ACER has contributed to the development of measurement theory and methods over many years. This series contains works by ACER authors, and by partner organisations such as the Institute for Objective Measurement (IOM) who have granted permission for the Australian Council for Educational Research to digitise texts for use by students and researchers.
Ray Adams, Dan Cloney, Margaret Wu, Alejandra Osses, Viktor Schwantner, and Alvin Vista
This is a guide to using ACER ConQuest. ACER ConQuest is a computer program for fitting item response and latent regression models. It provides a comprehensive and flexible range of item response models to analysts, allowing them to examine the properties of performance assessments, traditional assessments and rating scales. ACER ConQuest also makes available, to the wider measurement and research community, the most up-to-date psychometric methods of multifaceted item response models, multidimensional item response models, latent regression models and drawing plausible values.
Ray Adams and Siek-Toon Khoo
This is a guide to using Quest. Quest offers a comprehensive test and questionnaire analysis environment by providing a data analyst with access to the most recent developments in Rasch measurement theory, as well as a range of traditional analysis procedures. It includes an easy to use control language with flexible and informative output. Quest can be used to construct and validate variables based on both dichotomous and polychotomous observations. It scores and analyses such instruments as multiple choice tests, Likert type rating scales, short answer items, and partial credit items.
Raymond J. Adams
In adaptive testing each individual is tested with a set of items that is selected to match his/her estimated ability at the time of testing. In its most sophisticated form an adaptive test is interactively administered by a computer that scores the test and uses the individual's pattern of correct and incorrect responses to select new items from an item bank. In this procedure items are selected during the process of administering a test (rather than as a part of a predetermined sequence) so that the items administered to each individual are appropriate in difficulty for that individual. The result is a test that is matched to each individual's ability and the test is neither too easy nor too difficult. In this form adaptive testing requires application of both computer technology and latent trait theory. This report works on extending adaptive testing to include the Rating Scale Model (RSM) (Andrich, 1978) and Partial Credit Model (PCM) (Masters, 1982), two Rasch models that allow items to be scored in ordered categories. It focuses on the nature of the information functions for the RSM and the PCM and the likely implications for adaptive testing, and reports on some simulations with RSM and PCM item banks each with items scored in three response categories.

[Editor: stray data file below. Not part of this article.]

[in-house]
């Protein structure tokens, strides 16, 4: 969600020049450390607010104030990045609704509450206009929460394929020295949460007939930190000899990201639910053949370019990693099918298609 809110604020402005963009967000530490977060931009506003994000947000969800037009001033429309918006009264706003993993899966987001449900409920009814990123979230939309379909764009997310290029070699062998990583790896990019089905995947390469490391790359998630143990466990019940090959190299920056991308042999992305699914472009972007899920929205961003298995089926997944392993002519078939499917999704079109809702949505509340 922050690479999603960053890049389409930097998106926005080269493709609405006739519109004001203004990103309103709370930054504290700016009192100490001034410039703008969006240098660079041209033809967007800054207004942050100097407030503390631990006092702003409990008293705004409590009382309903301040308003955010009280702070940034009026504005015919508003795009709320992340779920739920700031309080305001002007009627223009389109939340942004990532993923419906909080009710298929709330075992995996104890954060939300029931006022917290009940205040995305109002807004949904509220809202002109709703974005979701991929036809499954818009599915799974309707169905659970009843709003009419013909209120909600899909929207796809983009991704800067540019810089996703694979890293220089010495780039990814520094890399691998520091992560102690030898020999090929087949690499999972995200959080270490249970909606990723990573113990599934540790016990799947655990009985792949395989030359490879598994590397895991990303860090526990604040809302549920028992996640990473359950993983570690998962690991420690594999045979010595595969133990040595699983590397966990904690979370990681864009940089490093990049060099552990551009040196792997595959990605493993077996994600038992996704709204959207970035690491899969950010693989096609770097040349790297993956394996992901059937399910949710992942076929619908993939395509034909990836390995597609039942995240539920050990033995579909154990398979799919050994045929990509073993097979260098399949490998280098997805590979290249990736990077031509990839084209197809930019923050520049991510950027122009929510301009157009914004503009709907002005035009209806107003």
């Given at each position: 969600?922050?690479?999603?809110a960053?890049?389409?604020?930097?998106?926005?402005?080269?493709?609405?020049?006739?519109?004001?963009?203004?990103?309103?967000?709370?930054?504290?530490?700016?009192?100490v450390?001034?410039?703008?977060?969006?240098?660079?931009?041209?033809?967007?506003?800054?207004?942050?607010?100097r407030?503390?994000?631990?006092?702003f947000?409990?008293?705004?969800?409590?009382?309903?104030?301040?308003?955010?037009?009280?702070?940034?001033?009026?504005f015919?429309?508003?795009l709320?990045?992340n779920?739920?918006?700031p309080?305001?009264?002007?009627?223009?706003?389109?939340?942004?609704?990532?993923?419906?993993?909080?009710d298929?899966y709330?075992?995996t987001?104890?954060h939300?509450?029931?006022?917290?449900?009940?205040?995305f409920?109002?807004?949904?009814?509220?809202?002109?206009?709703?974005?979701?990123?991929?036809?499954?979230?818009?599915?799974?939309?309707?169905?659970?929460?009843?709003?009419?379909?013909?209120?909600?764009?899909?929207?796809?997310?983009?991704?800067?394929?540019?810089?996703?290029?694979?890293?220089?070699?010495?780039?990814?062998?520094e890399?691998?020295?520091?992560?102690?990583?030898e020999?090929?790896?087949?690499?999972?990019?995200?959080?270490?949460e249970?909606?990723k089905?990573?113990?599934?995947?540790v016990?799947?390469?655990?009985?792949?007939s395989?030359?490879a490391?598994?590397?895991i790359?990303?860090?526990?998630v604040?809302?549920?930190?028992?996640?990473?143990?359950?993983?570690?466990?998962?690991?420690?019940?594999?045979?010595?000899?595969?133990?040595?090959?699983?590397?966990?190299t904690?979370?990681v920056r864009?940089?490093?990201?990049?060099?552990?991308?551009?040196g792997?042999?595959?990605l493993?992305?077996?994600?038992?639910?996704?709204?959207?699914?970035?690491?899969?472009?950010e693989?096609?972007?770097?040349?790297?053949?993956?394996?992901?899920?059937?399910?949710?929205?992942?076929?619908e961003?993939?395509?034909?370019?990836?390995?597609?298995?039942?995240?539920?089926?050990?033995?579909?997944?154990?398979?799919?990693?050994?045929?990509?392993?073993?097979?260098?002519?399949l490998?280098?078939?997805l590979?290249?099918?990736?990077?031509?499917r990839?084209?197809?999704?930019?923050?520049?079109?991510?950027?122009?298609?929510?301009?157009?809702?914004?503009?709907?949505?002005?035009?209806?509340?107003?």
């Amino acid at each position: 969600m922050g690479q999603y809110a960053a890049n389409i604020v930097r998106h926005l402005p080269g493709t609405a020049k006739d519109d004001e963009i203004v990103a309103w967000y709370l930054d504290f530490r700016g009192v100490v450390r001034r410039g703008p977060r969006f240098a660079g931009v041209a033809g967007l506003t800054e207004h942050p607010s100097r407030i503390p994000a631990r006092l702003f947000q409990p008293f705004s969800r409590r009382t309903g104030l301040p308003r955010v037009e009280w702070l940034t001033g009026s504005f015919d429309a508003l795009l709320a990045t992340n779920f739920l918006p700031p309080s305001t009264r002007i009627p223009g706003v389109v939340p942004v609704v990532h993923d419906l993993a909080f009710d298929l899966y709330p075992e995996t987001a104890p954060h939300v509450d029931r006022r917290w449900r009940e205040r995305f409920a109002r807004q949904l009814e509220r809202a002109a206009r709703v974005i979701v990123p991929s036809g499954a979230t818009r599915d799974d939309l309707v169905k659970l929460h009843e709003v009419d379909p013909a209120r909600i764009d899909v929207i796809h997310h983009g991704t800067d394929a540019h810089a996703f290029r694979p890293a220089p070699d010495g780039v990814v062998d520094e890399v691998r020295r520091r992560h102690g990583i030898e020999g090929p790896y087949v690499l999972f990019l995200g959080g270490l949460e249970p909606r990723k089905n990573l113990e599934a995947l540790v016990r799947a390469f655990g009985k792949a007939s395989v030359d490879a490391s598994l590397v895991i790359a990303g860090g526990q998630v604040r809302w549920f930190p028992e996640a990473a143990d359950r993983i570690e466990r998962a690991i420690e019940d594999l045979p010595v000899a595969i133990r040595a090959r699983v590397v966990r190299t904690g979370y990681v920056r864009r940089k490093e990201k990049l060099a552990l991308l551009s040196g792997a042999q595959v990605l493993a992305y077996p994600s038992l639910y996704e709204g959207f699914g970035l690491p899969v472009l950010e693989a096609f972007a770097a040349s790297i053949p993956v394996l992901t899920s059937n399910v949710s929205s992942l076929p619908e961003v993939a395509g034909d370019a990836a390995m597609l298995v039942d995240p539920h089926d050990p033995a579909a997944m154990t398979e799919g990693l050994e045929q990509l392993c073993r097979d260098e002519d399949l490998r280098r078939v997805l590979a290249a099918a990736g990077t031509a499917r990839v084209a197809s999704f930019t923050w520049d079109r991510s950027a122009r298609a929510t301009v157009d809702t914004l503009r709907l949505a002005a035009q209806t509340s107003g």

Benjamin D. Wright and Geofferey N. Masters
This book is a text about constructing variables and making measures. The basis is the measurement philosophy of G. Rasch. The text begins by outlining the essentials for measurement, examining data and developing models for measuring, and covers estimation procedures, verifying variables and supervising measures. The authors extend Rasch item analysis and person measurement to attitude questionnaires, performance ratings and other ordered category data.
Benjamin D. Wright and Mark H. Stone
This handbook for learning how to do Rasch measurement contains both theoretical explanation and practice problems. It is about how to make use of mental tests, and covers the measurement model, item calibration by hand and by computer, the analysis of fit, and constructing a variable. Final chapters work through designing tests, making measures and choosing a scale.